Vertigo and dizziness are one of the most common complaints of patients consulting a doctor. These symptoms can be very disturbing to the patient, but a precise diagnosis is often di cult to make and, in many instances, satisfying therapy is lacking. The diagnostic approach has to be multidisciplinary including otolaryngology, ophthalmology and neurology. In November 1996 an international conference on 'Therapy of ocular motility and related visual disturbances' was held at Case Western Reserve University, Cleveland, Ohio, and was organized by H.]. Kaminiski and R.J Leigh [conference summary see, Neurology 1997;48:1178-1184]. At this conference it became quite clear that impressive progress has been made on the basic neurophysiological and neuropharmacological mechanisms of ocular motility over the last 10 years, and has resulted in a number of successful therapeutical studies. However, it was also obvious that more research and clinical studies are required. Particularly in the field of drug therapy, the number of patients investigated in double-blind controlled studies is still very small.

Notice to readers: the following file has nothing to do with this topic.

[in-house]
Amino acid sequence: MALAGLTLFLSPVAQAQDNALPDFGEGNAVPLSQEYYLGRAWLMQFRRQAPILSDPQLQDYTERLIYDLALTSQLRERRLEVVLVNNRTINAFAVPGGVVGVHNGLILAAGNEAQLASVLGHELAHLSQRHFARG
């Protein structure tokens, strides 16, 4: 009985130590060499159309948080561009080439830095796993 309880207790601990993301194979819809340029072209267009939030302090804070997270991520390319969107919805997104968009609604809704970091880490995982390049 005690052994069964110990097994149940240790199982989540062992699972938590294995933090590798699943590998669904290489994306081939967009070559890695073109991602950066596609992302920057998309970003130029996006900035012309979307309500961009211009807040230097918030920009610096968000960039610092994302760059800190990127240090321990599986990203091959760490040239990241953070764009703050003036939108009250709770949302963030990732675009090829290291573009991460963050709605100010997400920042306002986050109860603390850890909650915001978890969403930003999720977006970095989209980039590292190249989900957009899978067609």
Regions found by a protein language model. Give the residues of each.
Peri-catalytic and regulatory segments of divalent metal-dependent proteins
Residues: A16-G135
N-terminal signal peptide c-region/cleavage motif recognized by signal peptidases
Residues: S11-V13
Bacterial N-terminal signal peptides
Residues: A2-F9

Over the last years the basic mechanisms of benign paroxysmal positioning vertigo (BPPV), one of the most common causes of vertigo, have successfully been worked out. The correct application of these findings to physical therapy has led to impressive, often astonishing results. With a single maneuver lasting less than 5 min patients who had su ered from vertigo for many years can often be cured.